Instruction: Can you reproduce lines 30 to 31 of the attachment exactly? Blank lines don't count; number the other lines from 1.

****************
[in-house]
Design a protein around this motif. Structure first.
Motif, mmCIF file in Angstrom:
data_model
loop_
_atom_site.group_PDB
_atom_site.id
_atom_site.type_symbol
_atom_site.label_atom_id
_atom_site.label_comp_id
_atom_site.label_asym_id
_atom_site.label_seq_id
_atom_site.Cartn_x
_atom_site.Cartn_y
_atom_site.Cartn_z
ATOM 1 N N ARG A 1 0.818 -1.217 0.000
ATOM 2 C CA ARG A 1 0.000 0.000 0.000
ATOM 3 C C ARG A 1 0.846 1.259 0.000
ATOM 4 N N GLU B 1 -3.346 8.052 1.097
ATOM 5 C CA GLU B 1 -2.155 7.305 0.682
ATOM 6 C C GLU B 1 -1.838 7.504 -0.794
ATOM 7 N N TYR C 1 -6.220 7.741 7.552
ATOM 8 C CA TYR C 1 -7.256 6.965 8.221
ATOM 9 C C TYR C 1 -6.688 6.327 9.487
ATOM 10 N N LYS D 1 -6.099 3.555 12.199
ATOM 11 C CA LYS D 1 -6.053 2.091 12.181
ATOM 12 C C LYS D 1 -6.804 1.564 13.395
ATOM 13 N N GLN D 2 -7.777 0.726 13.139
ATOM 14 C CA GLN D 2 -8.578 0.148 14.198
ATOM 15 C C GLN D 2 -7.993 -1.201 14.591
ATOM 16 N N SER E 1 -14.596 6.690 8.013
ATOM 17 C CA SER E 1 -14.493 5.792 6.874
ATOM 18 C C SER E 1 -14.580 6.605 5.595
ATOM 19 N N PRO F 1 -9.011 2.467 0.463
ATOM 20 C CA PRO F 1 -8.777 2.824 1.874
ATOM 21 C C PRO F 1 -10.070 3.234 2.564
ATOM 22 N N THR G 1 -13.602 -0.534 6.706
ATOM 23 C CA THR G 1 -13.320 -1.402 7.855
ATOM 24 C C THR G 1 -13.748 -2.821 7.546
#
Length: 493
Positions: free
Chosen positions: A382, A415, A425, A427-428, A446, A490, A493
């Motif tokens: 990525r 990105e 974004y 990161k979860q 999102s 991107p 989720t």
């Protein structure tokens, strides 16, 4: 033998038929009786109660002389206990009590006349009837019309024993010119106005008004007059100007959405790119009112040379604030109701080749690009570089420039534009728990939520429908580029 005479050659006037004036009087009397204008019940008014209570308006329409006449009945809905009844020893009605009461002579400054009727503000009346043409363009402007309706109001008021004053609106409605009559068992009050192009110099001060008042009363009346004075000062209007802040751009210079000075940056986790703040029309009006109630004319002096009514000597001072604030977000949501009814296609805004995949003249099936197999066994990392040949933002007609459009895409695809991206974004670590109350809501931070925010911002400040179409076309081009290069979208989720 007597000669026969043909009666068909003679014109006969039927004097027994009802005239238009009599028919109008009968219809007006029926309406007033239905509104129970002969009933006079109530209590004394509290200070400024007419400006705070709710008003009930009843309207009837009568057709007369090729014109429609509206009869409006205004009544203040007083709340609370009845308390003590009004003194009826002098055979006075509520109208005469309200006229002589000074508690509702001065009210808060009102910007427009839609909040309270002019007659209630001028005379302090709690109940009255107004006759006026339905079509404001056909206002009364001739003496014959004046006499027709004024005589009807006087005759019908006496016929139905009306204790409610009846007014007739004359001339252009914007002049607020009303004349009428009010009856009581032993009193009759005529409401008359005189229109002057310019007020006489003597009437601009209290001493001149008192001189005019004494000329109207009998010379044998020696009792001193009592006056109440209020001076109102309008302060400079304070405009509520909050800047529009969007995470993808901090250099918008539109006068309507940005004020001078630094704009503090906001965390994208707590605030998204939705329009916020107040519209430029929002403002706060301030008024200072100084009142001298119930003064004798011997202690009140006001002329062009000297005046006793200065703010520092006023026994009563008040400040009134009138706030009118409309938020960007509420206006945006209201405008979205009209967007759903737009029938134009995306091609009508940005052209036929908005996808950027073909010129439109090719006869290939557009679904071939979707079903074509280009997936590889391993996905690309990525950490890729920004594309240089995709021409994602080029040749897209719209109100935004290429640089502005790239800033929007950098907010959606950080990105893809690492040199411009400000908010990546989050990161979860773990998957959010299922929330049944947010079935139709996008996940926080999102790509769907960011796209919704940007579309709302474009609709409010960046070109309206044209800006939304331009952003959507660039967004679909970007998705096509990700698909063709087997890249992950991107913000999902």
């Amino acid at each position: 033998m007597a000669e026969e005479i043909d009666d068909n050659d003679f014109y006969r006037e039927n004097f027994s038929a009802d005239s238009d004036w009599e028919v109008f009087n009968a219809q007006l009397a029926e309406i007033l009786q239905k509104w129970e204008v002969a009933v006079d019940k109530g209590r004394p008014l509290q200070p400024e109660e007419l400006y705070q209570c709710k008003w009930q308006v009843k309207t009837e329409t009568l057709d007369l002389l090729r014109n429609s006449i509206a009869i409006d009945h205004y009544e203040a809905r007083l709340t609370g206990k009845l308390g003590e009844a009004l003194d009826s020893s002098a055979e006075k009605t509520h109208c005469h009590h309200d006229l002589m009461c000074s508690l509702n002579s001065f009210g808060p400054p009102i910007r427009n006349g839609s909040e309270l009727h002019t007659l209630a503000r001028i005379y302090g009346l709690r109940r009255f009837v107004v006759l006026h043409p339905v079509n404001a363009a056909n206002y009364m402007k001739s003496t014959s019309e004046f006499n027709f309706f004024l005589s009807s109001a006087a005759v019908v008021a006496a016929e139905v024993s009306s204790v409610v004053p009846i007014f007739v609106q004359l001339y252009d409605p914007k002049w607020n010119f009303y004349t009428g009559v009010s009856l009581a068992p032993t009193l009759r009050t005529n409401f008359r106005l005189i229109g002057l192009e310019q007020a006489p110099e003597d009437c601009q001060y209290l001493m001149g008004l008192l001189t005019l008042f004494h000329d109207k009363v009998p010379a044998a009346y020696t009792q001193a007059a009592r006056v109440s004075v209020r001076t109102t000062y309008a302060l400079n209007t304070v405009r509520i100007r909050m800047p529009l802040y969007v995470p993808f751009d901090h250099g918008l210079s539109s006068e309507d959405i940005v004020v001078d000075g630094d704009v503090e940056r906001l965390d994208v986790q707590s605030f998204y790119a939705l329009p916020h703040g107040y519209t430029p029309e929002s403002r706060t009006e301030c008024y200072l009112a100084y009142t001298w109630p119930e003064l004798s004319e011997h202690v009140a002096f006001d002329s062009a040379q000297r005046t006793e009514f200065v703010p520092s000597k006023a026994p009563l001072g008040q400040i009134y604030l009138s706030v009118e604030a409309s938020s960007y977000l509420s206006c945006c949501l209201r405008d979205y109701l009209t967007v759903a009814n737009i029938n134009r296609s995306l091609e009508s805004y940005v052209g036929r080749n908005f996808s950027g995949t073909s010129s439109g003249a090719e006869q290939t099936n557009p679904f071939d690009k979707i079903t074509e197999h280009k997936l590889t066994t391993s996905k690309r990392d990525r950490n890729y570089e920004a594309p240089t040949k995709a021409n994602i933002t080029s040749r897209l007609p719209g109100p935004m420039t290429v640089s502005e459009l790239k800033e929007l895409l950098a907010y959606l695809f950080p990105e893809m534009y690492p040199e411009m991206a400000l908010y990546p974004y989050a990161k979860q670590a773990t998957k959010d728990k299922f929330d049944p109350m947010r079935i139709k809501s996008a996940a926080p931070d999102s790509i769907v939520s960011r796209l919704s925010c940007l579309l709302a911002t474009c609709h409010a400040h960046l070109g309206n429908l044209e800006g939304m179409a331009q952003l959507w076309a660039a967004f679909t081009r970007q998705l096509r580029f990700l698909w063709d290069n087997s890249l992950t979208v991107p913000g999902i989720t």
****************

ATOM 15 C C GLN D 2 -7.993 -1.201 14.591
ATOM 16 N N SER E 1 -14.596 6.690 8.013